by Florida Museum of Natural History
Insects that are adapted to perennially wet environments, like tropical rainforests, don't tend to do well when their surroundings dry out. New research published this Wednesday indicates they may be equally averse to heavy rainfall.
The results of an extensive five-year study conducted in Peru revealed a 50% decline in arthropod biomass following short periods of both drought and increased precipitation. One of only a few studies of this scope conducted in the tropics, the findings suggest terrestrial arthropods, a group that includes insects and spiders, will be more susceptible to climate change than previously suspected.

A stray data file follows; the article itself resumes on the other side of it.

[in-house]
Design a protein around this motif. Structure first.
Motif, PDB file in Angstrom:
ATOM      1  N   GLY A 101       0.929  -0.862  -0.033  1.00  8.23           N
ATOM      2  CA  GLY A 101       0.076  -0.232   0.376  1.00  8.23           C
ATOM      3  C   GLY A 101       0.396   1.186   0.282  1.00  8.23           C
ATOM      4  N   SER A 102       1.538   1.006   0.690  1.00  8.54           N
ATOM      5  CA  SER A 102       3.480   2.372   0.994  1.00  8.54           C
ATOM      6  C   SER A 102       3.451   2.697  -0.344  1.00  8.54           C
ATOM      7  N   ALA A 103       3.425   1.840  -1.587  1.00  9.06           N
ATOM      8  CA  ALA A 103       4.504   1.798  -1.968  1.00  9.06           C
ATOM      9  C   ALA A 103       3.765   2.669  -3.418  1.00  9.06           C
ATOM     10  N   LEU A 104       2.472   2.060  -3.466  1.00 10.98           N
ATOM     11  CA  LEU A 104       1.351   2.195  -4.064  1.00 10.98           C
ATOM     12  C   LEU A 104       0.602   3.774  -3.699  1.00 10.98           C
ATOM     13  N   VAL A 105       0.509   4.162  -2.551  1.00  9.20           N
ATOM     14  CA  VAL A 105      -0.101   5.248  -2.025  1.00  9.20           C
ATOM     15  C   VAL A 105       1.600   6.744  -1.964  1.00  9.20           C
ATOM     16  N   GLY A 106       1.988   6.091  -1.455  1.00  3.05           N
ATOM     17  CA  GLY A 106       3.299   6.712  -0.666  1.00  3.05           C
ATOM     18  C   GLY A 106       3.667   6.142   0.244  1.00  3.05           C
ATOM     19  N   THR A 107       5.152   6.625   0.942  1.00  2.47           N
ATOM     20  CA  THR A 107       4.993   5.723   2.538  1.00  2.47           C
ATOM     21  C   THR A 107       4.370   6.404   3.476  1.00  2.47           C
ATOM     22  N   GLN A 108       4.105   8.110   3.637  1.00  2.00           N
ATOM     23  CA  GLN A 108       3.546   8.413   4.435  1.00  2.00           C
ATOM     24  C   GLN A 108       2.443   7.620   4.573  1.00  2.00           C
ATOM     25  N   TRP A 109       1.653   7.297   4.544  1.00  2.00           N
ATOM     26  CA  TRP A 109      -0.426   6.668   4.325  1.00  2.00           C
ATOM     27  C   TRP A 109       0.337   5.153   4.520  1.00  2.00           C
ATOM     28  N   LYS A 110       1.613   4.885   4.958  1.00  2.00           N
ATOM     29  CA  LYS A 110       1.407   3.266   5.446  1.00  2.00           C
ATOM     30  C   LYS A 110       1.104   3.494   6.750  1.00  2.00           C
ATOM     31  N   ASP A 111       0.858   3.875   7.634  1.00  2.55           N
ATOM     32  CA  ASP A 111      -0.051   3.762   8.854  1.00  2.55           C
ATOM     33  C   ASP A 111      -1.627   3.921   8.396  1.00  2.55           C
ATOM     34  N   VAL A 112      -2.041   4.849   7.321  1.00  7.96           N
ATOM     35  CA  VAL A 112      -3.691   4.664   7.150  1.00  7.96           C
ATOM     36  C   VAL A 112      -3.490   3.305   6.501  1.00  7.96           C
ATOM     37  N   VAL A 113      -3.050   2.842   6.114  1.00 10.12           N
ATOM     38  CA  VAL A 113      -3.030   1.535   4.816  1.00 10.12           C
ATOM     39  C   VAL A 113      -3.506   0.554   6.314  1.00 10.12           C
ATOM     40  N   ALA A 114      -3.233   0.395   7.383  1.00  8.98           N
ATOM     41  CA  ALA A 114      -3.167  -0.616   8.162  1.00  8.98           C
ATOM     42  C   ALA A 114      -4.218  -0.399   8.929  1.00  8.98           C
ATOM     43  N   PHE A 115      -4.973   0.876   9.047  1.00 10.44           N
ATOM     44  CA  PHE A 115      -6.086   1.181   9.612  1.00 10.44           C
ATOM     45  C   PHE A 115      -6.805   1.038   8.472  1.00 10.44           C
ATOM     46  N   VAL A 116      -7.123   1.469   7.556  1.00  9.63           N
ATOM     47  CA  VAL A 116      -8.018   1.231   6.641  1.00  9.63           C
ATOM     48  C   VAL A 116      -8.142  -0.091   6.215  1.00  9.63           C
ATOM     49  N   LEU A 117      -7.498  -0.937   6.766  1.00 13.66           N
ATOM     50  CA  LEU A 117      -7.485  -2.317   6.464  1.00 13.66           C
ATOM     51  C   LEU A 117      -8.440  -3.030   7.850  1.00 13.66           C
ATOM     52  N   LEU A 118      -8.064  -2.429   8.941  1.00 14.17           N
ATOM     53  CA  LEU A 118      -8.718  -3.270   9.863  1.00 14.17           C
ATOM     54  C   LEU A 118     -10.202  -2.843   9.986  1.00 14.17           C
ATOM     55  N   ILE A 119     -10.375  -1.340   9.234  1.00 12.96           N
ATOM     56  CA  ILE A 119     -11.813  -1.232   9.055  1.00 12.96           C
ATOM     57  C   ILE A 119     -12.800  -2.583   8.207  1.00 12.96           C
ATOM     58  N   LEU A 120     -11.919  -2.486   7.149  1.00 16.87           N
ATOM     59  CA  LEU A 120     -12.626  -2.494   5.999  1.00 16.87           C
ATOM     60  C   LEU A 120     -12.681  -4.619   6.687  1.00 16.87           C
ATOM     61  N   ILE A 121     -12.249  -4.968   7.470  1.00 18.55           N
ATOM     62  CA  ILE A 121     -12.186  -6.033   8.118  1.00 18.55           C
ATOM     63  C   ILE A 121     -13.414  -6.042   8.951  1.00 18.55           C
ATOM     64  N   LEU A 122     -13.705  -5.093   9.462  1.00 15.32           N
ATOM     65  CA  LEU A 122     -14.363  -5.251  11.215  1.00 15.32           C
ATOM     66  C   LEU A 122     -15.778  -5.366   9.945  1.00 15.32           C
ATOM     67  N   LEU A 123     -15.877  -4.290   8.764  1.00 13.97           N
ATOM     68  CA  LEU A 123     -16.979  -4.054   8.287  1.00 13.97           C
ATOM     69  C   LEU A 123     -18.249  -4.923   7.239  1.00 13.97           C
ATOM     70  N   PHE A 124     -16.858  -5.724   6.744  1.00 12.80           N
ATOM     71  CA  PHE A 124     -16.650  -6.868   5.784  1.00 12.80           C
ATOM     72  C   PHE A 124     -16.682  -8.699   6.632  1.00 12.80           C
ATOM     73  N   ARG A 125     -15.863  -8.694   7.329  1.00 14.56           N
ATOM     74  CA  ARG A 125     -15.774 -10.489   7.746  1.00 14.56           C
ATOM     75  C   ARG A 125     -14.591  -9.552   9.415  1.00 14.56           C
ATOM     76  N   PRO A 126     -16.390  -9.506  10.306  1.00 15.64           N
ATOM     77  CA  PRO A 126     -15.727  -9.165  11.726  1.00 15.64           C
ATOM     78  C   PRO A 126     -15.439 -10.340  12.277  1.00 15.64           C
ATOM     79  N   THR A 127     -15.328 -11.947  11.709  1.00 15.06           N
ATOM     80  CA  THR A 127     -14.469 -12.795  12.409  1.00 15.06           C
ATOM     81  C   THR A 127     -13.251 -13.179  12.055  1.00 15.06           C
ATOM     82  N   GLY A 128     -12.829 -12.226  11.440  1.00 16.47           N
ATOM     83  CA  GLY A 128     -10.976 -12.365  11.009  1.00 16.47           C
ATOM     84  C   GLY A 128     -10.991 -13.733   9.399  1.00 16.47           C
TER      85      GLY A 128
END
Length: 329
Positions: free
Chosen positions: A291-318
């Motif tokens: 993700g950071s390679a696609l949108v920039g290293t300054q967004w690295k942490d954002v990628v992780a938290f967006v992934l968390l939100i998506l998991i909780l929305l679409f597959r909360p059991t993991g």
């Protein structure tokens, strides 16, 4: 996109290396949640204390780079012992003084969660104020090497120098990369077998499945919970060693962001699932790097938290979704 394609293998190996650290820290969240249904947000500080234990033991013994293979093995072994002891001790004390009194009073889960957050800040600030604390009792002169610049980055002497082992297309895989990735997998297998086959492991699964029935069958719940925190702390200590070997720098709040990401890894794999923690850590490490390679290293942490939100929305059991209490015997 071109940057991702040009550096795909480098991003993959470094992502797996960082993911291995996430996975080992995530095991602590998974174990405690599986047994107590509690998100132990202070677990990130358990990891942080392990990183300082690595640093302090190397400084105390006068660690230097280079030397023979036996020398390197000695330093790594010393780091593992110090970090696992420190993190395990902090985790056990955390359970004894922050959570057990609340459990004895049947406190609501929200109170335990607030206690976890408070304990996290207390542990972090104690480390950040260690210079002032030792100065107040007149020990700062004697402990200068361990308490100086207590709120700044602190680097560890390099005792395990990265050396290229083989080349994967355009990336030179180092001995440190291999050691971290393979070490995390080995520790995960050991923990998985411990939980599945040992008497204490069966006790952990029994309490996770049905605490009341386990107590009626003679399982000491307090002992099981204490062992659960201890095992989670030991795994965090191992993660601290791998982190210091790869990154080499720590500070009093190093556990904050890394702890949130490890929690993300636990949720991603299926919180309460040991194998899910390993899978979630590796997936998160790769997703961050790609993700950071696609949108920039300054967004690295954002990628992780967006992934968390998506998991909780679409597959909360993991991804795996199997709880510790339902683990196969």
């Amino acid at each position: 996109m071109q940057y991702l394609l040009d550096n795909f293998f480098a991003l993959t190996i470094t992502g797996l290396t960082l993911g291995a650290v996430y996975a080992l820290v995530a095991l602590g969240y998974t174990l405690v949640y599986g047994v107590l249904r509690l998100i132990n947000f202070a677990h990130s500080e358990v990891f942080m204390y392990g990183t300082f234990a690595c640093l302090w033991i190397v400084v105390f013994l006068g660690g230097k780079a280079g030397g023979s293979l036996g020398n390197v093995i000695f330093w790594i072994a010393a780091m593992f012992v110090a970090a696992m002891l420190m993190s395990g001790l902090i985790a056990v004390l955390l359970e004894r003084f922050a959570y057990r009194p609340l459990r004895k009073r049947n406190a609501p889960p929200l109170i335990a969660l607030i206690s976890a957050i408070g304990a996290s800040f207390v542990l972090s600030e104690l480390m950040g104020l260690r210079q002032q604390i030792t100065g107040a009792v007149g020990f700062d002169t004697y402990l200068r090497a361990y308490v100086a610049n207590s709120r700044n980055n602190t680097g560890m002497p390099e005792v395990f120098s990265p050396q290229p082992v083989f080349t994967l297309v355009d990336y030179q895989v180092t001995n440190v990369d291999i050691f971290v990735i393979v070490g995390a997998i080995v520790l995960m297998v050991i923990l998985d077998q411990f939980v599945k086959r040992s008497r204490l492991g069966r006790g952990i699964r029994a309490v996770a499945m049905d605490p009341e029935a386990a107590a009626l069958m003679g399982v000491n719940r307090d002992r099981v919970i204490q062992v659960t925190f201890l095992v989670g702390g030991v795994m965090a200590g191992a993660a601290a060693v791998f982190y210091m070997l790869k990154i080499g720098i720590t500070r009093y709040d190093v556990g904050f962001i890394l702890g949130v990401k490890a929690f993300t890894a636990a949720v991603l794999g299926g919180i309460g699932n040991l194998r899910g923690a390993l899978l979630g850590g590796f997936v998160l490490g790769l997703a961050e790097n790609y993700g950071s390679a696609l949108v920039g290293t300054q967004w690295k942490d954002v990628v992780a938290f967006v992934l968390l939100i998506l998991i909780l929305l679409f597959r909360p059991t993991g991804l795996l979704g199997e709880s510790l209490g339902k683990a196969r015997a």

"Most of the time when we think about climate change, we think about warming temperatures, but rainfall patterns will change as well, which is something insects seem to be especially sensitive to," said Felicity Newell, a postdoctoral associate and former doctoral student with the Florida Museum of Natural History. "We're seeing that rainfall extremes can have negative effects over very short timescales."
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Read on: https://phys.org/news/2022-09-tropical-insects-extremely-sensitive-climates.html